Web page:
ATmega8 ADC Example

This is a very simple example you probably won't see in any serious design, but it's straight forward and not hard to troubleshoot. We want to read the voltage output of a pot and show the most significant 8 bits of the conversion result on port D (the ADC has a resolution of 10 bits!).

Choosing ADC Mode And Clock

The mega8 ADC offers 2 modes of operation, the Single Conversion Mode and the Free-Running Mode. Both have advantages and disadvantages and I will try to discuss them both well enough now.

In Free-Running Mode, a new conversion is started when a conversion finishes. The new conversion is done for the ADC channel set in ADMUX. If a new channel has to be converted, it's number has to be set *before* the new conversion starts. If an ISR is used to process the ADC results and update ADMUX, care has to be taken, as a change of ADMUX just after the conversion start can have unpredictable results (read pages 196/197 of the mega8 datasheet for more). As we only want to work with one ADC channel, this is no problem for us. Only the very first conversion has to be started by setting the ADSC bit!

In Single Conversion Mode, every conversion has to be started by setting the ADSC (ADC Start Conversion) bit in ADCSR. The advantage of this is that a new channel can be selected before the conversion is started without watching out for timing problems or unpredictable results. If the ADC Conversion Complete ISR is used for this, the loss in speed is quite small.

In this case we can use the Free-Running Mode - we don't need to change ADMUX (just one channel is used).

The recommended ADC clock range is 50 kHz to 200 kHz. If a faster ADC clock is used, the resolution will go down. The ADC clock is prescaled from the main clock by a seperate ADC prescaler. The division factor is selected with the ADPS2..0 bits in ADCSR (see pages 203/204 of the datasheet). At 4 MHz, appropriate values are 32 (resulting ADC clock is 125 kHz) and 64 (resulting ADC clock is 62.5 kHz). We'll use 32.

What The ISR Does...

The mega8 interrupt vector for the ADC Conversion Complete ISR doesn't have to do much. When it is called, a fresh ADC result is available in ADCL and ADCH. It is converted to 8 bits (the two LSBs aren't used) and written to PortD. On the STK500 the LEDs are active low, so inverting the result before writing it to PortD is a good idea.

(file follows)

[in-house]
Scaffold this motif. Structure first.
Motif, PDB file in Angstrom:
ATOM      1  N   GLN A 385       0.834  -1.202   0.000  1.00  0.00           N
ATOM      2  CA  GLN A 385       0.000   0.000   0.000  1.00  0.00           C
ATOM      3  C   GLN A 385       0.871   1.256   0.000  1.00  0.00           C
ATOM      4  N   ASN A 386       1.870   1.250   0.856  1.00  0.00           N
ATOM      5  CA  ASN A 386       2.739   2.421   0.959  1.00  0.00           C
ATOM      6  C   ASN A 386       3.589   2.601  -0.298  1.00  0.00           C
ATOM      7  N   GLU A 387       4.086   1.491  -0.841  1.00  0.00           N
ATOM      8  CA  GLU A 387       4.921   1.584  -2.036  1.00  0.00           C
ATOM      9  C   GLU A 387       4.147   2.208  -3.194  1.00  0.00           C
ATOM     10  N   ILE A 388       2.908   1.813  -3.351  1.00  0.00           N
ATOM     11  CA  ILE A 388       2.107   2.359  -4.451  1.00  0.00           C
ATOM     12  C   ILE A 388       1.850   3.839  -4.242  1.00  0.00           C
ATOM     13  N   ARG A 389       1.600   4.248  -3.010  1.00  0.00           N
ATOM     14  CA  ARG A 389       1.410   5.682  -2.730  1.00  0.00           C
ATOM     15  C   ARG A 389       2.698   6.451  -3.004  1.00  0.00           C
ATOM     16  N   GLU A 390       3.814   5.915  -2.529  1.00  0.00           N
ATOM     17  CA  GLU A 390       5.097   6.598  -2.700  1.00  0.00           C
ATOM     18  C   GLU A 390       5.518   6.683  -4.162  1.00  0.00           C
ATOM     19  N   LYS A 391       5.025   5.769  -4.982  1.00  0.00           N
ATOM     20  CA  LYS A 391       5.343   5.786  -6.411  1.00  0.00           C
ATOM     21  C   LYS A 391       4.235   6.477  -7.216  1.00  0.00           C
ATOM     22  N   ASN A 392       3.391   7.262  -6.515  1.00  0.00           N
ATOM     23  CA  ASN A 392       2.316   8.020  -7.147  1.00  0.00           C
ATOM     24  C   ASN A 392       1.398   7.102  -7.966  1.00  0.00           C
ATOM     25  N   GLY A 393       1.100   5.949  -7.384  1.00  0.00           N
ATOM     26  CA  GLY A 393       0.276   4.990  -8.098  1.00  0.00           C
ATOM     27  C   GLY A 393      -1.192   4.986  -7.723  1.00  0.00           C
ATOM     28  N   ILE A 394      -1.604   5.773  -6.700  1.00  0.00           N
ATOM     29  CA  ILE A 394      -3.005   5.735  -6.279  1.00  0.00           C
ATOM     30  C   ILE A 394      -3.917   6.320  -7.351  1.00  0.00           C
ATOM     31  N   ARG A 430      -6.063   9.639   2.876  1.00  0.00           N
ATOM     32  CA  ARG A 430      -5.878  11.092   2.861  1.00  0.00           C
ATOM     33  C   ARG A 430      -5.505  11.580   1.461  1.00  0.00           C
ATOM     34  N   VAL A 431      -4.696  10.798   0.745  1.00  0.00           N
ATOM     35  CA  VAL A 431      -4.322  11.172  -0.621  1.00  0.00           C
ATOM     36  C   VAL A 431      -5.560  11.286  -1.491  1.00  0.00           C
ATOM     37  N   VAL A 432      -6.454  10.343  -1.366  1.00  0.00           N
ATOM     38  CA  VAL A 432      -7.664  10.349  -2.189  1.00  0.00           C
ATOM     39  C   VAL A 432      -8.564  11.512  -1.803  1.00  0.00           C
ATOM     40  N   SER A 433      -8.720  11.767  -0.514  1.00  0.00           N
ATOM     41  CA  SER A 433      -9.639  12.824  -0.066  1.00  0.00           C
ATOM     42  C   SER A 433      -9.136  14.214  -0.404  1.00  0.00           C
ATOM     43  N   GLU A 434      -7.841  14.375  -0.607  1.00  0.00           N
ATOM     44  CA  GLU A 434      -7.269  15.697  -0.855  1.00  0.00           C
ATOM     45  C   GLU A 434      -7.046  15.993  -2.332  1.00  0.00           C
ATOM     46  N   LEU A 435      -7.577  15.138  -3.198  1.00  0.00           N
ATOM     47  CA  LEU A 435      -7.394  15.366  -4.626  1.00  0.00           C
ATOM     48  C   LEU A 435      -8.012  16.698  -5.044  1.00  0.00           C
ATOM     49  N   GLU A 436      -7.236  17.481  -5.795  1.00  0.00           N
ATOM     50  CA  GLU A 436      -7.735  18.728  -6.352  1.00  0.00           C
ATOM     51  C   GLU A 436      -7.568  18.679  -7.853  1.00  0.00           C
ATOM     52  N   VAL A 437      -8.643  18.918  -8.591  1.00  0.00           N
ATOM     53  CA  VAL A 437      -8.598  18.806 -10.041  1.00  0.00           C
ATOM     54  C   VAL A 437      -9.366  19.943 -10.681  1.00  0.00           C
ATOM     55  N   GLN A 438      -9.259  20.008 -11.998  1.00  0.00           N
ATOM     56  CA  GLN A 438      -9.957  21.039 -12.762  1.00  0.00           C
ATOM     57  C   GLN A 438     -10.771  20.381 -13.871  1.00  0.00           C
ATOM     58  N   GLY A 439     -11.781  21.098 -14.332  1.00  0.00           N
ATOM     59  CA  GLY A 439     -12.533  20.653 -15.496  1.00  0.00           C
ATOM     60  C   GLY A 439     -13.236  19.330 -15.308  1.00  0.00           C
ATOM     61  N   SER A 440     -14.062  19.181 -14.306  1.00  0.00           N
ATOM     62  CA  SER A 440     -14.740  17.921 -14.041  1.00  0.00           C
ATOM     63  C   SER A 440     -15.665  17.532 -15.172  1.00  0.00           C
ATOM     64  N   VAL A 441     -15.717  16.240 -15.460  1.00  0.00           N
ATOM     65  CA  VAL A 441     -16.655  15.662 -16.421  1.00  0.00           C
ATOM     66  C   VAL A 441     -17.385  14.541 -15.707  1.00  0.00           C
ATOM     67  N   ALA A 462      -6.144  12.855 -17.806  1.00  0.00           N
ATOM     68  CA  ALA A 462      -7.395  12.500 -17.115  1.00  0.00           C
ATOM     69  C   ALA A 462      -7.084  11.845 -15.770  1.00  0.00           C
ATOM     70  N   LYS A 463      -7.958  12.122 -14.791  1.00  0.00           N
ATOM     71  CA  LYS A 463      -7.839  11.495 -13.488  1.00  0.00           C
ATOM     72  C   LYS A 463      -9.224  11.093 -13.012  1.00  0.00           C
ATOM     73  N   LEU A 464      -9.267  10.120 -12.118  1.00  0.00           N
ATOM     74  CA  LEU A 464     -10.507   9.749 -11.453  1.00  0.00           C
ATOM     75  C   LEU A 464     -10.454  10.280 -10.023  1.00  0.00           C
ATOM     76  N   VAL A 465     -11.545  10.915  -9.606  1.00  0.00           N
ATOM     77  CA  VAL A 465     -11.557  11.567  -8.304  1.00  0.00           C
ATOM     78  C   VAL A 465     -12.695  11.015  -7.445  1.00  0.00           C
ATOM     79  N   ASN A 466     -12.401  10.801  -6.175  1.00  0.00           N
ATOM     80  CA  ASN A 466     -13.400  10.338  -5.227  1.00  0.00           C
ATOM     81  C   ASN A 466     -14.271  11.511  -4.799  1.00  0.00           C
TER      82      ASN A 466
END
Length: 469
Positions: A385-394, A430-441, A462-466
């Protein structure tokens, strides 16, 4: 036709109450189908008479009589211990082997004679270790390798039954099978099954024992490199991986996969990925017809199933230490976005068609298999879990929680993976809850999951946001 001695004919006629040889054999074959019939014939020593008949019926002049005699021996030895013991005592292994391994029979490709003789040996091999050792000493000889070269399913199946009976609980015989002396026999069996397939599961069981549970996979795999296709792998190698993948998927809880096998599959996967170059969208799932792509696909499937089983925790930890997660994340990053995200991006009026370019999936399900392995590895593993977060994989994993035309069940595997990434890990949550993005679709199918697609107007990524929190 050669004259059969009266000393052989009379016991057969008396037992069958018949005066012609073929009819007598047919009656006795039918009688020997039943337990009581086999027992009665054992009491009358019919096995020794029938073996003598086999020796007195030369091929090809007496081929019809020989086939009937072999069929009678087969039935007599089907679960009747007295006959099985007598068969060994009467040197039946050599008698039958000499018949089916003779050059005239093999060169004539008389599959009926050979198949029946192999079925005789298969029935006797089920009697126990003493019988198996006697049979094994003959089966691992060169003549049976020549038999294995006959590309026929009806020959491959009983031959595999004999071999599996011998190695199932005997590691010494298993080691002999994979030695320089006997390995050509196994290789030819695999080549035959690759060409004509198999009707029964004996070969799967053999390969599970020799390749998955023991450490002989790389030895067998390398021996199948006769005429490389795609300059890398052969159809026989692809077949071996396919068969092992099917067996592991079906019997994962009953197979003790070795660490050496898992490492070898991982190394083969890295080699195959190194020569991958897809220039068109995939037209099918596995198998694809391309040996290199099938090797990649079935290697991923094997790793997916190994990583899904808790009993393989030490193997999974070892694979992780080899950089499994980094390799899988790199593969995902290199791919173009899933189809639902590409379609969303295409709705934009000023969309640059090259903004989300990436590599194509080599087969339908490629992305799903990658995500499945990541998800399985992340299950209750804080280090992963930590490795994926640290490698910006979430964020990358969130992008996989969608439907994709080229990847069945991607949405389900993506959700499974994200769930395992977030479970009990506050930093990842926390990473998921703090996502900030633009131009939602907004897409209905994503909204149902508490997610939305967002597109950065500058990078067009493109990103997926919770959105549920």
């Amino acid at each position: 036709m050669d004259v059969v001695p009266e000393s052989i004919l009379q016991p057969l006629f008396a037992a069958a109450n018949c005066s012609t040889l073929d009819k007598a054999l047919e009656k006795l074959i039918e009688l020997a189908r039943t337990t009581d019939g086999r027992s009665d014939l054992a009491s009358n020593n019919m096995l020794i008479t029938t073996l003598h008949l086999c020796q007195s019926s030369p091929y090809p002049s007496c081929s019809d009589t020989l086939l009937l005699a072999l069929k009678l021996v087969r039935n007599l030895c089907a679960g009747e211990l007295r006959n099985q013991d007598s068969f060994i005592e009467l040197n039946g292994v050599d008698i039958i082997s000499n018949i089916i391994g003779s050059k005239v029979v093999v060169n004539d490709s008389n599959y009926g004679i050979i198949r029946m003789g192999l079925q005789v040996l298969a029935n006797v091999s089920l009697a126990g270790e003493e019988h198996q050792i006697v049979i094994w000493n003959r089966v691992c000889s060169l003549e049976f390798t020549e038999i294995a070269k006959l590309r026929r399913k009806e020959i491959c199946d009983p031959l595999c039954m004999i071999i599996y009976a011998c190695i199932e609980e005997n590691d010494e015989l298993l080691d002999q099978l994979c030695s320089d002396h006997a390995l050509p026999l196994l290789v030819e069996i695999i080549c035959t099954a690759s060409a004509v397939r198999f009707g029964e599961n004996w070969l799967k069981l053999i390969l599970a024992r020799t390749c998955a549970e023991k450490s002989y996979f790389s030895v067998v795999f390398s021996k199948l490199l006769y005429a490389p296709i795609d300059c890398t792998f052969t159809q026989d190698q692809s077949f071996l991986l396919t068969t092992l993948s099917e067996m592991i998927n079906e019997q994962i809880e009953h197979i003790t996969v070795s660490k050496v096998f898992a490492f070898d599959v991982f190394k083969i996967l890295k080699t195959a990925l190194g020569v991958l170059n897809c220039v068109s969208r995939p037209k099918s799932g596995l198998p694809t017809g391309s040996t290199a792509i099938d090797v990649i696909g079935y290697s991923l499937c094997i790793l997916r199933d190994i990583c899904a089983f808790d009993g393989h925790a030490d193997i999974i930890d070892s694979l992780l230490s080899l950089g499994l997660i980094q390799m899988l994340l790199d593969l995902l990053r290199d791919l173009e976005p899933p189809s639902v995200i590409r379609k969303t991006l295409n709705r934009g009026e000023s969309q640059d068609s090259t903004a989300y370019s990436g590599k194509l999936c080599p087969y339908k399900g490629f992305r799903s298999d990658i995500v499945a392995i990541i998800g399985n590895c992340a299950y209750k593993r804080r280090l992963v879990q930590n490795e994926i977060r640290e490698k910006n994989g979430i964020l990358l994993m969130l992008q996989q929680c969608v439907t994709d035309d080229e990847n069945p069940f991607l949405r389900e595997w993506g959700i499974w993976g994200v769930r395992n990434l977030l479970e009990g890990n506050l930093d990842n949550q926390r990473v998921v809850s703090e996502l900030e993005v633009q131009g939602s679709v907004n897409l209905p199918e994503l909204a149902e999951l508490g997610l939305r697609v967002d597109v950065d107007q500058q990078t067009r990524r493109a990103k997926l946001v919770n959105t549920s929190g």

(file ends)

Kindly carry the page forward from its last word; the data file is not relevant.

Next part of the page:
The ISR is, of course, only called if the ADIE (ADC Interrupt Enble) bit in ADCSR is set and if global interrupts are enabled.

The Example Code!

.org 0x0000
rjmp reset
.org 0x000E
rjmp ADC_ISR
ldi r16, low(RAMEND)
out SPL, r16
ldi r16, high(RAMEND)
out SPH, r16
ldi r16, 0xFF
out DDRD, r16
ldi r16, 0
out ADMUX, r16
ldi r16, 0b11101101
out ADCSR, r16
rjmp loop
push r16
in r16, SREG
push r16
push r17
in r16, ADCL
in r17, ADCH
lsr r17
ror r16
lsr r17
ror r16

com r16
out PortD, r16

pop r17
pop r16
out SREG, r16
pop r16
; reset vector
; jump to "reset"
; ADC Conversion Complete Interrupt vector:
; jump the "ADC_ISR"
; the reset code:
; stack setup; set SPH:SPL to
; set all PortD pins to output
; write zero
; to ADMUX (select channel 0)
; from left to right: ADC Enable, Start Conversion, Free-Running Mode, write
; zero to ADC Int flag, enable int, prescaler: 101 for XTAL/32
; enable interrupts
; and loop
; forever
; Here it is, our ISR!
; save r16
; use r16 16 to save SREG
; (push both on stack)
; also save r17
; get the last ADC result, low byte first,
; then high byte
; shift ADC result right (2 bits)
; by first shifting out bit 0 of r16, then shifting it into r17
; (twice)
; now invert result
; and write to PortD
; restore r17,
; and r16
; and return